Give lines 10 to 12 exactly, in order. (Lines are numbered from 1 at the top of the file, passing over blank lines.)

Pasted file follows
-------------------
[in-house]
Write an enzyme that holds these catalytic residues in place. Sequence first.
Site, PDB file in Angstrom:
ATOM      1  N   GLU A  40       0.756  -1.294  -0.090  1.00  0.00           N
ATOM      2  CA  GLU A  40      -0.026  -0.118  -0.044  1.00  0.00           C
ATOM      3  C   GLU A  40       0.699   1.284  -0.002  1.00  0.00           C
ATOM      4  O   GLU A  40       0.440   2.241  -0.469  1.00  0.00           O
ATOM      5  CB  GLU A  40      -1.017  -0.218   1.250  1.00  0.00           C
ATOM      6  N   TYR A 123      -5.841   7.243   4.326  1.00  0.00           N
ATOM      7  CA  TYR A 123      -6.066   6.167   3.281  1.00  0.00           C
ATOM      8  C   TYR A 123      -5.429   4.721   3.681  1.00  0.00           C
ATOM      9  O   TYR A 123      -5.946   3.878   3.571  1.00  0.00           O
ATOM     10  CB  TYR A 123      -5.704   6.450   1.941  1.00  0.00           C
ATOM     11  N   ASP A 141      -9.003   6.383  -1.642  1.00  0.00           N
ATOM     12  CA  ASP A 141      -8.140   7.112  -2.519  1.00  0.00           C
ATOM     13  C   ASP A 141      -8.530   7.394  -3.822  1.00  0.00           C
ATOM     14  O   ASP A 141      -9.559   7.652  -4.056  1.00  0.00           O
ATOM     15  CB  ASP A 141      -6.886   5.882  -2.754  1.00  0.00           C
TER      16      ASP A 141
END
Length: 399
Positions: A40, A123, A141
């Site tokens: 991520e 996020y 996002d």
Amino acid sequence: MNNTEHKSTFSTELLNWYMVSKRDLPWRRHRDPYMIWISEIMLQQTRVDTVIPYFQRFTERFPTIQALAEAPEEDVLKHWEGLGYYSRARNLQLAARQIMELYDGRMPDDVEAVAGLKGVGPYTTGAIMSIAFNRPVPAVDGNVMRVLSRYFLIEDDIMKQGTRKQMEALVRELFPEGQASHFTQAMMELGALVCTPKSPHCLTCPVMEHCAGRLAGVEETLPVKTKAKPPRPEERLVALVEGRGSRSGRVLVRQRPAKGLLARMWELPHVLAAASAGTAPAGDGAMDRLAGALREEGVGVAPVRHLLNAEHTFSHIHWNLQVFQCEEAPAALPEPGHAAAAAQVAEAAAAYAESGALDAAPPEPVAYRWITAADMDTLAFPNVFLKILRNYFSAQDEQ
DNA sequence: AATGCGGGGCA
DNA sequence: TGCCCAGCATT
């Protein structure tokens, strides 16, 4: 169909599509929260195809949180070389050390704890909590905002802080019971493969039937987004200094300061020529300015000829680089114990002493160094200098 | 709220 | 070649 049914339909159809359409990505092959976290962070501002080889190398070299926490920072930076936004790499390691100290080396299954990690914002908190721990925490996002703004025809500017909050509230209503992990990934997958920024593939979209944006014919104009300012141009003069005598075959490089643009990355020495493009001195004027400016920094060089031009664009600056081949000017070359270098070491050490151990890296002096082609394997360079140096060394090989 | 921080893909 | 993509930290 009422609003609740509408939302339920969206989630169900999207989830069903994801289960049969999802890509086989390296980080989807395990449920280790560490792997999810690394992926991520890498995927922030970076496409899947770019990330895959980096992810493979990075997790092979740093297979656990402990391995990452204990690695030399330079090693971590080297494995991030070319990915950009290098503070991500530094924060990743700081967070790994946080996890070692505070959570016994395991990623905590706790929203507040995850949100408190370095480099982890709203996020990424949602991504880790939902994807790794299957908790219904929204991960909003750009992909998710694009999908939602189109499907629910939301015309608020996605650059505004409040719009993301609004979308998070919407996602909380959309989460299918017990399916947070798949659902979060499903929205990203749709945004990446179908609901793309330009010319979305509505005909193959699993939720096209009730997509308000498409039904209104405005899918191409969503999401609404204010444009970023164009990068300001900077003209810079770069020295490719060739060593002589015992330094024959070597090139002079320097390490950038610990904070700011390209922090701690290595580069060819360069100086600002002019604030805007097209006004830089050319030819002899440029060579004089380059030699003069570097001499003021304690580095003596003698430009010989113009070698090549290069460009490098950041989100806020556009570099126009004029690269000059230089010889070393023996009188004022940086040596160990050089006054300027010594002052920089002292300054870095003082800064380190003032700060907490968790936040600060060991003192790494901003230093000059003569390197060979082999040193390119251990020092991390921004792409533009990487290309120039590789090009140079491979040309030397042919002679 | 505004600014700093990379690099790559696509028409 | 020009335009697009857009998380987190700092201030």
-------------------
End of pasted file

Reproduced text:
ATOM      7  CA  TYR A 123      -6.066   6.167   3.281  1.00  0.00           C
ATOM      8  C   TYR A 123      -5.429   4.721   3.681  1.00  0.00           C
ATOM      9  O   TYR A 123      -5.946   3.878   3.571  1.00  0.00           O